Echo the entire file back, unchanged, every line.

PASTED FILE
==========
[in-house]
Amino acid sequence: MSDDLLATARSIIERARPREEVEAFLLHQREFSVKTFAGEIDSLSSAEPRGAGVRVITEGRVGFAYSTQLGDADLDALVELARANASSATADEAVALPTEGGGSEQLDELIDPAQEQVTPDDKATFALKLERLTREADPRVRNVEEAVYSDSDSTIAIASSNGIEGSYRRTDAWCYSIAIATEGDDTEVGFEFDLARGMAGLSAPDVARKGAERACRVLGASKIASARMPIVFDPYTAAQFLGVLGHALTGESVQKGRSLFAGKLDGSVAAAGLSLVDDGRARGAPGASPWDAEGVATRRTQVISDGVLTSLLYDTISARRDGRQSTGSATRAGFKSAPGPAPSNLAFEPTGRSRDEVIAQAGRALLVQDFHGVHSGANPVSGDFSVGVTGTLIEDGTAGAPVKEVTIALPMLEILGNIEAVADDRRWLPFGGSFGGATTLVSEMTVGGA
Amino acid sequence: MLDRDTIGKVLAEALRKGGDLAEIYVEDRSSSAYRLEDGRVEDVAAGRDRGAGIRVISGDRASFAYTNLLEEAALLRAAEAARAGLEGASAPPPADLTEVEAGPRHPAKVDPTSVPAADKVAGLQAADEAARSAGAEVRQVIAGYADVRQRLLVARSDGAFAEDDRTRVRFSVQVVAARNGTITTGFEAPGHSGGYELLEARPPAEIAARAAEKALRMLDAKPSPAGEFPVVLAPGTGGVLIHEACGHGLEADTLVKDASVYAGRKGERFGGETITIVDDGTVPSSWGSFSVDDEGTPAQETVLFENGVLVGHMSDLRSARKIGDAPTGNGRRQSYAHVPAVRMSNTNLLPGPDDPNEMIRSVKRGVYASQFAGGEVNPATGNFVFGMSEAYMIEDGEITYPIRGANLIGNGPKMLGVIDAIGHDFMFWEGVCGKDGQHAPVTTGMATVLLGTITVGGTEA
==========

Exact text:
[in-house]
Amino acid sequence: MSDDLLATARSIIERARPREEVEAFLLHQREFSVKTFAGEIDSLSSAEPRGAGVRVITEGRVGFAYSTQLGDADLDALVELARANASSATADEAVALPTEGGGSEQLDELIDPAQEQVTPDDKATFALKLERLTREADPRVRNVEEAVYSDSDSTIAIASSNGIEGSYRRTDAWCYSIAIATEGDDTEVGFEFDLARGMAGLSAPDVARKGAERACRVLGASKIASARMPIVFDPYTAAQFLGVLGHALTGESVQKGRSLFAGKLDGSVAAAGLSLVDDGRARGAPGASPWDAEGVATRRTQVISDGVLTSLLYDTISARRDGRQSTGSATRAGFKSAPGPAPSNLAFEPTGRSRDEVIAQAGRALLVQDFHGVHSGANPVSGDFSVGVTGTLIEDGTAGAPVKEVTIALPMLEILGNIEAVADDRRWLPFGGSFGGATTLVSEMTVGGA
Amino acid sequence: MLDRDTIGKVLAEALRKGGDLAEIYVEDRSSSAYRLEDGRVEDVAAGRDRGAGIRVISGDRASFAYTNLLEEAALLRAAEAARAGLEGASAPPPADLTEVEAGPRHPAKVDPTSVPAADKVAGLQAADEAARSAGAEVRQVIAGYADVRQRLLVARSDGAFAEDDRTRVRFSVQVVAARNGTITTGFEAPGHSGGYELLEARPPAEIAARAAEKALRMLDAKPSPAGEFPVVLAPGTGGVLIHEACGHGLEADTLVKDASVYAGRKGERFGGETITIVDDGTVPSSWGSFSVDDEGTPAQETVLFENGVLVGHMSDLRSARKIGDAPTGNGRRQSYAHVPAVRMSNTNLLPGPDDPNEMIRSVKRGVYASQFAGGEVNPATGNFVFGMSEAYMIEDGEITYPIRGANLIGNGPKMLGVIDAIGHDFMFWEGVCGKDGQHAPVTTGMATVLLGTITVGGTEA